It has been a little over a week since the lone gunman attacked the Washington Navy Yard with a pump action shotgun and the last few days have been filled with news from Kenya about the organized terrorist attack at a shopping mall there. Even though the events in Kenya aren’t over yet there are already lessons to be learned from that incident and the Navy Yard.
Lesson one: It can happen here
The mall shooting in Kenya seems far away and I’m sure many people feel it would laugh at the suggestion it could happen here. I’m willing to bet they were the same people who would have laughed at the suggestion that hijackers would fly planes into building on September 10 2001 too. While statistically the chance of ending up in such an event are small, a little just in case planning could save you or someone else’s life.
Lesson two: Medical training is just as important as weapon training
At the Navy Yard medical services were delayed for 30 minutes or more while police tried to secure the scene. I do not know how many lives could have been saved if medical help had been available sooner, but if you have training in dealing with traumatic injury as well as one of the many pocket kits available (though they aren’t absolutely essential) it would not hurt. Trauma training can also help if you are ever near an auto accident or any other incident such as on a farm where a traumatic injury could occur.
Lesson three: Concealed carry is best
When the shooting started at the Navy Yard the first target was the openly armed guard. He was the most obvious threat so he had to go down first. Open carry can serve as a deterrent, but if someone is intent on mayhem they will target you first. Food for thought.
Lesson four: Your pistol can save lives
In Kenya a former Royal Marine is credited with saving 100 lives with little more than guts and a pistol. Now I’m not advocating everyone behave like the former Royal Marine, far from it. However, you can use your pistol to get yourself, and those around you to safety. I got the following tips from Thunder Ranch’s Facebook page for dealing with a Mall shooting:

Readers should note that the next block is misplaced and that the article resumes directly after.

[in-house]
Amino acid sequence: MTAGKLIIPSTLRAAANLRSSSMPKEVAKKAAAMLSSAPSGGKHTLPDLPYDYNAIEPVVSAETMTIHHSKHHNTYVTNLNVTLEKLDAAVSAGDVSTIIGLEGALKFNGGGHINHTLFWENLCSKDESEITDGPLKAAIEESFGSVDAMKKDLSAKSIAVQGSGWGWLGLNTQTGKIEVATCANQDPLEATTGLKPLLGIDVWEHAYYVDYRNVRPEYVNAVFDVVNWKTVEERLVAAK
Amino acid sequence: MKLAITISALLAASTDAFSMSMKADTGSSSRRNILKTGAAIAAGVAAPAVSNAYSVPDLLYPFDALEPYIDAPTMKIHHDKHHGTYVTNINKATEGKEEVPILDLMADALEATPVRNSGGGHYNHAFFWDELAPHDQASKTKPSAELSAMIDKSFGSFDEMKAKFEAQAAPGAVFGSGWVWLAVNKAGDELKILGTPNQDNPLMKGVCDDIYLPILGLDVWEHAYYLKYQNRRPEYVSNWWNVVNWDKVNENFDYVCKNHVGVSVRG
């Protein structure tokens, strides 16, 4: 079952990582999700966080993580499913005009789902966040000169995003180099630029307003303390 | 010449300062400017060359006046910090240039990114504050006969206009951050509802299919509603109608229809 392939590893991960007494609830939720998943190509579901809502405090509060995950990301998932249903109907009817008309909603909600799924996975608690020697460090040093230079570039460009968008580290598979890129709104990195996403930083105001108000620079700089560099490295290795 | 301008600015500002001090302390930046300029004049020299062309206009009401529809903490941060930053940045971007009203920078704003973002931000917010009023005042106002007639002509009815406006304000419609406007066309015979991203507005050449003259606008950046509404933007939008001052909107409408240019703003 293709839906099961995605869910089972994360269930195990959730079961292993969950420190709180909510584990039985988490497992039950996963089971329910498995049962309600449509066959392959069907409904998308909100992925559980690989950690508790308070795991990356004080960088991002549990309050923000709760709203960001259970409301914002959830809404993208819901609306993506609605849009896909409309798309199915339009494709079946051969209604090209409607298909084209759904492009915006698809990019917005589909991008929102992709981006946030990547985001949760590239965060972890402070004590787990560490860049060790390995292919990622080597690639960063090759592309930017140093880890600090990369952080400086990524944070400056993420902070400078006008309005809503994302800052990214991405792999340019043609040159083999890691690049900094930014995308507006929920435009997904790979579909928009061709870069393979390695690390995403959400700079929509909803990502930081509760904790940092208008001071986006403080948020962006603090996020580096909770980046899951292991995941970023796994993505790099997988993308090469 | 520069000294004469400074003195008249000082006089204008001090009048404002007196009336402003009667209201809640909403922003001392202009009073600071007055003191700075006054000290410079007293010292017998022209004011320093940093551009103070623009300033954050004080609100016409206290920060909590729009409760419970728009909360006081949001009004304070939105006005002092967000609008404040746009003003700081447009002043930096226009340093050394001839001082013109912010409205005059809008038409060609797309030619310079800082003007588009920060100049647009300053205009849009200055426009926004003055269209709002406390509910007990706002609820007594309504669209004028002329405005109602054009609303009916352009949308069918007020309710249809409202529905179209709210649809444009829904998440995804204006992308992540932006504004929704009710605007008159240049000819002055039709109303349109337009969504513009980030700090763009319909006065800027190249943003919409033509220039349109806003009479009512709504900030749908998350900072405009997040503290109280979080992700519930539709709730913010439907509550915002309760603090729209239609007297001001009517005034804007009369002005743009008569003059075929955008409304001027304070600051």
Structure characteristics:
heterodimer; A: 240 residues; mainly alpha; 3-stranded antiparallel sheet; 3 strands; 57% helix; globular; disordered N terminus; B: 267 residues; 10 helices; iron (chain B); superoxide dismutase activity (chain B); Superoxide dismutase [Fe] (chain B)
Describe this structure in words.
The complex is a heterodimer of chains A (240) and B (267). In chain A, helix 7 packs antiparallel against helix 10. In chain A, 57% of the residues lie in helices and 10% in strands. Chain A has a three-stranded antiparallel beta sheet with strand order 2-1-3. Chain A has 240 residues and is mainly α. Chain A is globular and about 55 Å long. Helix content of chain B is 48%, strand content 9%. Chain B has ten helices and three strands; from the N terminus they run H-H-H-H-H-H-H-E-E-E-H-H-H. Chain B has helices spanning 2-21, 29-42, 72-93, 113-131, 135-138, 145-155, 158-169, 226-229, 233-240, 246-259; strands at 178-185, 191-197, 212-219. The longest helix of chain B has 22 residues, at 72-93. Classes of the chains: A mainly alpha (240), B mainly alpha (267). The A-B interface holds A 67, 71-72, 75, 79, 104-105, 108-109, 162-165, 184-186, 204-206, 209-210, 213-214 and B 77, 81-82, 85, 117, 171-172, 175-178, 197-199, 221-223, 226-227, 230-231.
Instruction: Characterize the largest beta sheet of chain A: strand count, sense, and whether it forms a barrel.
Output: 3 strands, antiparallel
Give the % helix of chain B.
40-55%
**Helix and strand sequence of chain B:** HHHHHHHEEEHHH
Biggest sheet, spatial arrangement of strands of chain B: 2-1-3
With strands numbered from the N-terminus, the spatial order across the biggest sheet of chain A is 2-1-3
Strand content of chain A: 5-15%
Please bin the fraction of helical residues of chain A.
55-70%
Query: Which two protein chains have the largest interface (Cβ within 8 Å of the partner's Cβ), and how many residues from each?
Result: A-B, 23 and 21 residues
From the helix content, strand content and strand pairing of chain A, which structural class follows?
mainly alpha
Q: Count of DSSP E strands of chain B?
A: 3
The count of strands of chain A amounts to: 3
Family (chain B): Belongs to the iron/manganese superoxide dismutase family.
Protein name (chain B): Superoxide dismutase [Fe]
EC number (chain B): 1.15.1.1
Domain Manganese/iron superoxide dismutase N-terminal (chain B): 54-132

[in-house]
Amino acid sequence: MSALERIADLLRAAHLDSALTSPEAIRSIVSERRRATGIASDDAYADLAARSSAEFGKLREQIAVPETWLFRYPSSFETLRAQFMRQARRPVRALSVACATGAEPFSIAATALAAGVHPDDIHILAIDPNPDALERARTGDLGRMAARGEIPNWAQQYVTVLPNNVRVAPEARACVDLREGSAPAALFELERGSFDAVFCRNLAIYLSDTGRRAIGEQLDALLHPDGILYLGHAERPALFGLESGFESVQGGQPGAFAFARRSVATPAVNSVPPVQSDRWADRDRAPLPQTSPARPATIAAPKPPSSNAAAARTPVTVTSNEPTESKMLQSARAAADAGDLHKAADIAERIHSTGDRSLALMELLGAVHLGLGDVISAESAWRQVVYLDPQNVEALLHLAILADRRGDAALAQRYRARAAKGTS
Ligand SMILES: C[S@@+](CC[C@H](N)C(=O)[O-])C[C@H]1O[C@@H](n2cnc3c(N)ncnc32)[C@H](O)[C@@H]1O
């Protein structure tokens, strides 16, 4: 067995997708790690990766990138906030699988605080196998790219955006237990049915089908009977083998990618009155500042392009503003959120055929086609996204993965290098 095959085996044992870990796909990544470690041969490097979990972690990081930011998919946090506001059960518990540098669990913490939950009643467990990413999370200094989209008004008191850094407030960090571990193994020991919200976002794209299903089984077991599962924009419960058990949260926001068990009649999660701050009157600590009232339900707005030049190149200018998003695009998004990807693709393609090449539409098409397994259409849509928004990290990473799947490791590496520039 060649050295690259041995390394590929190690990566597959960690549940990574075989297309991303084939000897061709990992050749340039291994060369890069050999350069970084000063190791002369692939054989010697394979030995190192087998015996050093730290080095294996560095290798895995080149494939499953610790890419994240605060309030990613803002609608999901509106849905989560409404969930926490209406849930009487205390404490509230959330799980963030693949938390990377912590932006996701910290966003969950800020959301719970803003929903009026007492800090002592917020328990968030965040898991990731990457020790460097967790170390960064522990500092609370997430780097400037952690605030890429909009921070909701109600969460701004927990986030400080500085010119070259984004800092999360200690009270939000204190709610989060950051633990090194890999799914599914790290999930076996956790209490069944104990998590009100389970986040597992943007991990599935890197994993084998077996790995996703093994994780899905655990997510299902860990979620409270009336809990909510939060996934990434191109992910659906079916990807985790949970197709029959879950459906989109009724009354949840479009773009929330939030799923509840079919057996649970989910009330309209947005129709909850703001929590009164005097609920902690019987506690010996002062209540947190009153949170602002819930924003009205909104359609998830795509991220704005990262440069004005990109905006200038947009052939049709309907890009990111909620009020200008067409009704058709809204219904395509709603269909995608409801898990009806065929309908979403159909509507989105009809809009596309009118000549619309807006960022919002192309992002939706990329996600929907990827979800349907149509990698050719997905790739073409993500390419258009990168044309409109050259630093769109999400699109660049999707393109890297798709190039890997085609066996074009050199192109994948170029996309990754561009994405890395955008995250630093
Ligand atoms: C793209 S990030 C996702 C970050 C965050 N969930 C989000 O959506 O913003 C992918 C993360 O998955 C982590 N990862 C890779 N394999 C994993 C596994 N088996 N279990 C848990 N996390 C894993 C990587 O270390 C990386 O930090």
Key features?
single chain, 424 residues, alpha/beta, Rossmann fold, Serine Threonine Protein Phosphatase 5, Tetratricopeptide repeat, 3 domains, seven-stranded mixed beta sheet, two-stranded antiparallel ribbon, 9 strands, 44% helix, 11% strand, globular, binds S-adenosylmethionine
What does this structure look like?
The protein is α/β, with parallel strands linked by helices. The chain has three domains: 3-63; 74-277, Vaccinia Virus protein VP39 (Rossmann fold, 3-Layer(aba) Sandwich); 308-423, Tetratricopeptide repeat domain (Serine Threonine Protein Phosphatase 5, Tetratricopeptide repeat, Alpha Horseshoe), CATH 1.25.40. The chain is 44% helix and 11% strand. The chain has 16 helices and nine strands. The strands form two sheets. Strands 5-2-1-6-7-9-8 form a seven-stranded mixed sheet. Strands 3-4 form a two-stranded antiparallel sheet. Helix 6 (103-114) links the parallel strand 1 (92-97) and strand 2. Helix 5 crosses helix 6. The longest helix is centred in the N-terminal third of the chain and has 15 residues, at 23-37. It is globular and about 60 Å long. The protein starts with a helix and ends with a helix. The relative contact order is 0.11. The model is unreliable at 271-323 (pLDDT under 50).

Have a plan when going to the mall: Some may read this and think its extreme…really? How much do you think these people in Kenya would give to have known where exits were to safety? So…IF there is a public place you go to often with your family…simply have a plan. If you get separated have a place to meet up….know the exits. TIM GREVE…if you are reading this…can you please tell me again and post it here the area you described that had great cover the day you were at the mall with the active shooter please. Heidi
Tim Greve Happy to add my observations: First, C&H talk about cover vs concealment all the time. It’s good to remember the difference in these types of situations. Many small mall shops are built with cheap fixturing and isn’t good cover. BUT – if you are caught in the middle of things, the cash wrap (where those big heavy registers are especially in the big box stores) are built with sturdy wood, are stacked with paper bags as another barrier, plus the registers. They are built to hold a lot of weight and abuse. All things that will hinder incoming rounds. Next while the picture above shows the store layout, remember that in all of the malls there are service exits, and a myriad of hallways in between stores behind stores etc. Every store in a mall has a back entrance to get to hallways where they take their trash and get their freight (the stores aren’t allowed to take the trash cans through the malls common areas). Those back doors HAVE to be unlocked in case of fire – at least one way. In the food courts, almost always the kitchen areas are joined in the back so you can get back there quickly and make it out. Plus, kitchen areas are filled with sturdy, steel appliances and equipment that will shield you well. . Run into one of the stores, through it and out into one of the hallways. So you have a myriad of ways out of the mall that aren’t marked. In many of the stores, especially big box stores like a Macy’s etc, all of the departments are surrounded by stock rooms. All of those stock rooms are interconnected. Get back there off the floor and you can get out. Plus, most of the stock room areas have heavy shelving and stuff that’s meant to stand the test of time in order to hold all of the backstock merchandise. Metal shelving, heavy wood shelving, all things that can stop incoming rounds, or at least gives you a chance at it. There are tons of phones back there too if you need to call out. Getting on the phone to talk with first responders gives them eyes on the inside (if you can’t get out). If you end up like I did, unarmed in this kind of situation, there are all kinds of things that can be improvised weapons, box cutters, scissors, Clint’s famous fire extinguishers (spray ’em with the foam and hit ’em with the red can). But be aware, if you are in the mall, there will be people all around you screaming, crying, not thinking clearly and will need help. How will you handle that? Something to contemplate. Let me know if I missed anything. Any questions are welcome.
Tim Greve Another thing I forgot to add, is that if you are in a store, you might be getting directions from a store manager or someone (non-LE) that is “in-charge.” Keep in mind Clint’s famous “Is it Logical” test when following their lead. Remember that the majority of these people are just kids working in the mall. They probably don’t have training, are scared, and aren’t really prepared for this. Sometimes you are going to know better.
Next week we’ll discuss training with your carry piece for the absolute worst.